I missed the usual Sunday morning call time because I was brunching with the Tickler, for which I now feel a tiny bit guilty. I haven't talked to her since what, Friday? Mom, like much of Florida, still has no internet because of the hurricane, so she hasn't been emailing me every morning as usual. GS & I shared a dark laugh that Mom's coming unplugged isn't necessarily a bad thing.

I'm less cranky now about GS dragging me to Florida in January. Watching out for Mom from DC is no mean feat, and she's been doing it for a few years now. She's earned some slack from me, I think.

Where's Evil Sister in all this? Her name hasn't come up. I guess she's in San Antonio, TX, and that's all I know.

The b(r)e(a)st of science marches on.

Sep. 18th, 2017 07:37 am
sistawendy: (weirded out)
[personal profile] sistawendy
A little over seven years ago, I posted a poll in an attempt to learn something about relative breast size vs. hand preference. My conclusion was that which of your boobs is larger doesn't correlate to hand preference, but asymmetry in general just might.

But the original study isn't quite what this entry is about. A few of you breast owners told me then that breasts are changeable creatures, and which one of yours is larger can be influenced by lots of factors. In other words, boobs happen. I've finally experienced this in the last few months: my left one used to be bigger, and now my right one seems to be.

I haven't changed my hormone dose since around the time I posted the poll. I've been eating & exercising the same for years. Could this be a breast explosion like the ones some of my cisgender friends report undergoing in their teens? I don't think so, but if I find myself in need of 38D (!) bras a few months hence, that'll will be a) scientifically interesting, b) rare as hens' teeth because yo, trans, and c) not unwelcome because a 38" chest makes even reasonaboobs look small.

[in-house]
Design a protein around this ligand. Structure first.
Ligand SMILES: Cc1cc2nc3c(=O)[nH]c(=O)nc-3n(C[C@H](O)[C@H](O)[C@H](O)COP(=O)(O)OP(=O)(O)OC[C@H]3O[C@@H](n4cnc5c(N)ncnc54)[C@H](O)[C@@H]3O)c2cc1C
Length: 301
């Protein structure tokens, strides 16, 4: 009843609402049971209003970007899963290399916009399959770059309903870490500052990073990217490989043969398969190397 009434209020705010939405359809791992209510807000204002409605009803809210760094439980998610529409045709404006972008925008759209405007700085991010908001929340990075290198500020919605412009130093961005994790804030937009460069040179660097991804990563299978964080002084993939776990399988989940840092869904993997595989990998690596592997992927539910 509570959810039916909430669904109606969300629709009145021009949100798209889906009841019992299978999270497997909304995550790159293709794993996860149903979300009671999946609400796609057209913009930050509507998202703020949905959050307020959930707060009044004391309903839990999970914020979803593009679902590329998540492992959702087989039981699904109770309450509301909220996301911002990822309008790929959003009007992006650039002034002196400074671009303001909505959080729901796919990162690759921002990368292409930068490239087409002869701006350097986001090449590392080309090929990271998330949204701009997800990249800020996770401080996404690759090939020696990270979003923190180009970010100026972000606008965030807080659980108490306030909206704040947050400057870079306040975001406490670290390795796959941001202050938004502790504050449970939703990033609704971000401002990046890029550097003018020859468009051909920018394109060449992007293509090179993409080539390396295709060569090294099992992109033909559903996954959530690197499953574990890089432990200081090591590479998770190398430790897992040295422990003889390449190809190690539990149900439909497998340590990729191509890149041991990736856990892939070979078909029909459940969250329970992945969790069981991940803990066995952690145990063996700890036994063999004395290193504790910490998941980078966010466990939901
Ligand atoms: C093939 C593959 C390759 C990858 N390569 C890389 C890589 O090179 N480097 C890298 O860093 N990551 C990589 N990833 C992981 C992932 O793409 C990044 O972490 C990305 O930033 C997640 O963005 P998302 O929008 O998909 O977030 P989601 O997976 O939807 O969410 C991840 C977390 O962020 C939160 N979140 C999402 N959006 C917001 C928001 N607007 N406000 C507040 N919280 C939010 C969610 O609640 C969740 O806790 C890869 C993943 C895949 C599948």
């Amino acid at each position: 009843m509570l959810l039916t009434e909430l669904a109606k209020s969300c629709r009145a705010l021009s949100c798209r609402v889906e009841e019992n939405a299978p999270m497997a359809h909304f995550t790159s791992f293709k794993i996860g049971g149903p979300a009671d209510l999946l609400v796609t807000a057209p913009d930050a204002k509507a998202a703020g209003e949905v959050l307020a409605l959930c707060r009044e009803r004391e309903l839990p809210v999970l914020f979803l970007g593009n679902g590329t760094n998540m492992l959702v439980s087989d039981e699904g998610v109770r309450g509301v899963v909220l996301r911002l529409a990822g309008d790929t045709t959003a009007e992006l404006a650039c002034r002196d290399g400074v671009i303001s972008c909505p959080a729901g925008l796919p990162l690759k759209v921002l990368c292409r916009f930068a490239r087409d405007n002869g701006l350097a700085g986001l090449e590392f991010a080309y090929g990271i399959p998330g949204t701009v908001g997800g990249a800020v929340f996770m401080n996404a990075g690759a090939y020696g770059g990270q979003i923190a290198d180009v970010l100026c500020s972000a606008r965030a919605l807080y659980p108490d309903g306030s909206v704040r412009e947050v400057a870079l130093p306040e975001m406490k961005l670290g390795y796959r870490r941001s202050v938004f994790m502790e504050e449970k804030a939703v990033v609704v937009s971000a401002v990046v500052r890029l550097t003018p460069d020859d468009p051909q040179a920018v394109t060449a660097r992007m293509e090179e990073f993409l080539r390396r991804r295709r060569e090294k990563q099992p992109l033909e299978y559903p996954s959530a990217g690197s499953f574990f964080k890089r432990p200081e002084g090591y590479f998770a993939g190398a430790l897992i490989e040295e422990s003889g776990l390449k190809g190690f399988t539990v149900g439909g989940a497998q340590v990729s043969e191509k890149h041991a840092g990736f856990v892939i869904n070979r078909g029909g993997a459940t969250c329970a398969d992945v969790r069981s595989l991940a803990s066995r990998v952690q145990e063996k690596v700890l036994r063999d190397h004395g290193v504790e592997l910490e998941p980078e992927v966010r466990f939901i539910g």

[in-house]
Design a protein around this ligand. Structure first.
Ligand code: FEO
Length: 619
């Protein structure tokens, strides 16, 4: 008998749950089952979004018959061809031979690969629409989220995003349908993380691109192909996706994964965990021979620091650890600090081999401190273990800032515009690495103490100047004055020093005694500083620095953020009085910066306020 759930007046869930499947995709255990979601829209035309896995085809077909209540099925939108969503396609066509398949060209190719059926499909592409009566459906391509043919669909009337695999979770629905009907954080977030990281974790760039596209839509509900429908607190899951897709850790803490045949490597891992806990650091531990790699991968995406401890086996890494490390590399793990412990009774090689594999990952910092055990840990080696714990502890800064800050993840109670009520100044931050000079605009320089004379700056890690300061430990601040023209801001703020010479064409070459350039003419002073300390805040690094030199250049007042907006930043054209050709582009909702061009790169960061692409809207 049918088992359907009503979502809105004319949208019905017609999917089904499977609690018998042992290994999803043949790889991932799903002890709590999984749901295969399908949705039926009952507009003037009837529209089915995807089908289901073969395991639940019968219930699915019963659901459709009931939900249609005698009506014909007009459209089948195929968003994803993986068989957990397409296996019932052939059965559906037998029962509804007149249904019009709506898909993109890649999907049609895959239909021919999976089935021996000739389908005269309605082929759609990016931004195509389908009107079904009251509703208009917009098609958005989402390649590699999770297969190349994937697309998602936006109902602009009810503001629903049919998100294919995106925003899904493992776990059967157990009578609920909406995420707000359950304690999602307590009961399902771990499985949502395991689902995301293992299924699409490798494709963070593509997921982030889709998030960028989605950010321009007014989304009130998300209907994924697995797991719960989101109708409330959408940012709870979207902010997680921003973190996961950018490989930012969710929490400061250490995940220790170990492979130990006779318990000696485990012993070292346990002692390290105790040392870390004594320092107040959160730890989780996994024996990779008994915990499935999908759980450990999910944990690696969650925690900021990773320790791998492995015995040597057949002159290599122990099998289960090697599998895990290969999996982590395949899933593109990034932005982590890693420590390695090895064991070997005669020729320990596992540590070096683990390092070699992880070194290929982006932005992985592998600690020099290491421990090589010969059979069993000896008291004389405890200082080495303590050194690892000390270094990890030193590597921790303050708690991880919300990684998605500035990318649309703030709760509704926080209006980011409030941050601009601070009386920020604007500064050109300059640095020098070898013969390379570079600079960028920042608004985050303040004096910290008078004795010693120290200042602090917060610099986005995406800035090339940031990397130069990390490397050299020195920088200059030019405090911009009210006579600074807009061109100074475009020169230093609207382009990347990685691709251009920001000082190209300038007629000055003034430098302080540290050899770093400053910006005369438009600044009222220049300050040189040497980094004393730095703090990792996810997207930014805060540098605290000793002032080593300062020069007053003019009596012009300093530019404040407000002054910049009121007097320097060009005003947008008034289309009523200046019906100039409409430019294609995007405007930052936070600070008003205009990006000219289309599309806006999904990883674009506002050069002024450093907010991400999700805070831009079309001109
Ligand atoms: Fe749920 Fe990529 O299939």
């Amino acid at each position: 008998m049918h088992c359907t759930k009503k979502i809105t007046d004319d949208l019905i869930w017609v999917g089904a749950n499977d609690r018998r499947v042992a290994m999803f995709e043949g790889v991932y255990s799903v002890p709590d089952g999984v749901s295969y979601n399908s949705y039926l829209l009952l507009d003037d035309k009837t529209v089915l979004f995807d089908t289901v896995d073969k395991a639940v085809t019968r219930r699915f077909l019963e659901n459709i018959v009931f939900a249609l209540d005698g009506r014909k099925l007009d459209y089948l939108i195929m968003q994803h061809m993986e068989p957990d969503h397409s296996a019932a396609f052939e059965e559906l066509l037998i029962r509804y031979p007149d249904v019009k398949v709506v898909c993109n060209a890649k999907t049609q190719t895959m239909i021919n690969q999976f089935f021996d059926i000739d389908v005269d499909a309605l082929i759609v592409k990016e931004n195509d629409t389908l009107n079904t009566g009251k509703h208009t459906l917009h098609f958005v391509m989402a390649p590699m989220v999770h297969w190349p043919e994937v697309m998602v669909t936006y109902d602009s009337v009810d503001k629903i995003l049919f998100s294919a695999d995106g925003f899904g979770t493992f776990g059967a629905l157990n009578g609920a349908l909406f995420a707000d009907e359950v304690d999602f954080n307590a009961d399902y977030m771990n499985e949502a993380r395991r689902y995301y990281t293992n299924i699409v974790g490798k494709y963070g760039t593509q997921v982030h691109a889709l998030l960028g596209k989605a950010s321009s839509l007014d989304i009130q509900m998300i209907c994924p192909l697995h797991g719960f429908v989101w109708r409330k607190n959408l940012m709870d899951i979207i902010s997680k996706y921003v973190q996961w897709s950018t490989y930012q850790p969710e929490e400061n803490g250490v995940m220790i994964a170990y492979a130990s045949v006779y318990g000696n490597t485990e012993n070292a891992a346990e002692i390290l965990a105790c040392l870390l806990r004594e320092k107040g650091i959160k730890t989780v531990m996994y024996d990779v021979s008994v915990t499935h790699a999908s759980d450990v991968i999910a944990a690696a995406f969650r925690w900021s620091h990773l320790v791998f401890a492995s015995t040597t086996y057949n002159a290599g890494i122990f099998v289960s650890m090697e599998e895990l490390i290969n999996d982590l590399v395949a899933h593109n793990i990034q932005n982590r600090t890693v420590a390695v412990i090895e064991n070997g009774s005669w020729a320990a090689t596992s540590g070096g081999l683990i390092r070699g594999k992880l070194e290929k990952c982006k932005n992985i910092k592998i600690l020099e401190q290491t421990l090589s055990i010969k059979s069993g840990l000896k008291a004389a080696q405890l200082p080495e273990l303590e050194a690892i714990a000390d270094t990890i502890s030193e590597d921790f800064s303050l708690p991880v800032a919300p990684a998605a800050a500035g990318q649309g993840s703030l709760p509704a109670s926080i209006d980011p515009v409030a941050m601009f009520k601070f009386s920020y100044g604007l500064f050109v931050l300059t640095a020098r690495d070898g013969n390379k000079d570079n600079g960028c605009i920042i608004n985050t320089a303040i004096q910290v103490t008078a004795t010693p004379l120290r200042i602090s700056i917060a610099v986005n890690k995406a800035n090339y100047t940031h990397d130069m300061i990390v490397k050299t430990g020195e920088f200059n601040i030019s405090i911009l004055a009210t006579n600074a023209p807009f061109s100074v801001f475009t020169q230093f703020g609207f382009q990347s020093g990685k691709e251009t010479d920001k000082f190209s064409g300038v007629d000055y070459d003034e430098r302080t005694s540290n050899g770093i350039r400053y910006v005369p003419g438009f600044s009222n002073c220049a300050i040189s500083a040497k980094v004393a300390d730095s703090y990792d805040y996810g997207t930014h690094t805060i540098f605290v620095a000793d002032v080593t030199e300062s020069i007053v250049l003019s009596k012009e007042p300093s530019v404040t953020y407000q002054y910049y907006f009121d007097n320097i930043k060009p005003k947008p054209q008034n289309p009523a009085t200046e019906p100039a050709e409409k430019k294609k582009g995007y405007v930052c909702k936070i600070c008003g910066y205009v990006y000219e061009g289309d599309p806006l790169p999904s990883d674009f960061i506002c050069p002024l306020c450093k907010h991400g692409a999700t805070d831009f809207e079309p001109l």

basefinder: (Default)
[personal profile] basefinder
I spotted this one from the car as Debbie was driving us somewhere. It's a building I've known about for over a year, but didn't know the location. I recognized it immediately from seeing it in a photograph.

The neighborhood has gotten a bit sketchy (notice they have a barbed wire fence around their parking area), but I had to get photos of this important building.

Milo S. Ketchum, Jr. was an engineer and thin concrete shell innovator. In 1953, he needed a larger office for his engineering firm Ketchum, Konkel & Hasting. This building was Ketchum's design (I suspect he may have worked with architect Thomas E. Moore but have not confirmed this). The tall north windows allowed plenty of natural light, without shadows or glare, for drafting. I was very pleased to see that another architectural-construction firm now uses this building.















S

Interesting Links for 17-09-2017

Sep. 17th, 2017 12:00 pm

September 16--My little buddy Al

Sep. 16th, 2017 09:35 pm
zyzyly: (Default)
[personal profile] zyzyly
I sat out on the back patio this morning, sipping my coffee and just enjoying the day. Nothing hanging over me. As I was sitting there, I heard the loud hummingbird approaching the feeder. He dwelled there for a moment, then flew toward me. He kind of flew back and forth sideways in front of me, getting closer and closer. When he was about 2 feet from me, he kind of hovered and watched me for close to a minute. Then he flew to the left of me and watched for a bit longer.

The feeder was almost empty, so I took it as a sign that he wanted new food, which I provided. I was thinking about him as I cleaned the feeder. He is the only one who makes noise like that. Most of them are pretty quiet. He is also the one that chases some of the other hummingbirds away from the feeder. I decided that he is the alpha hummingbird for this little piece of the world, and that the sound is deliberate. From now on I will call him Al.

No, I didn't have my camera with me. :(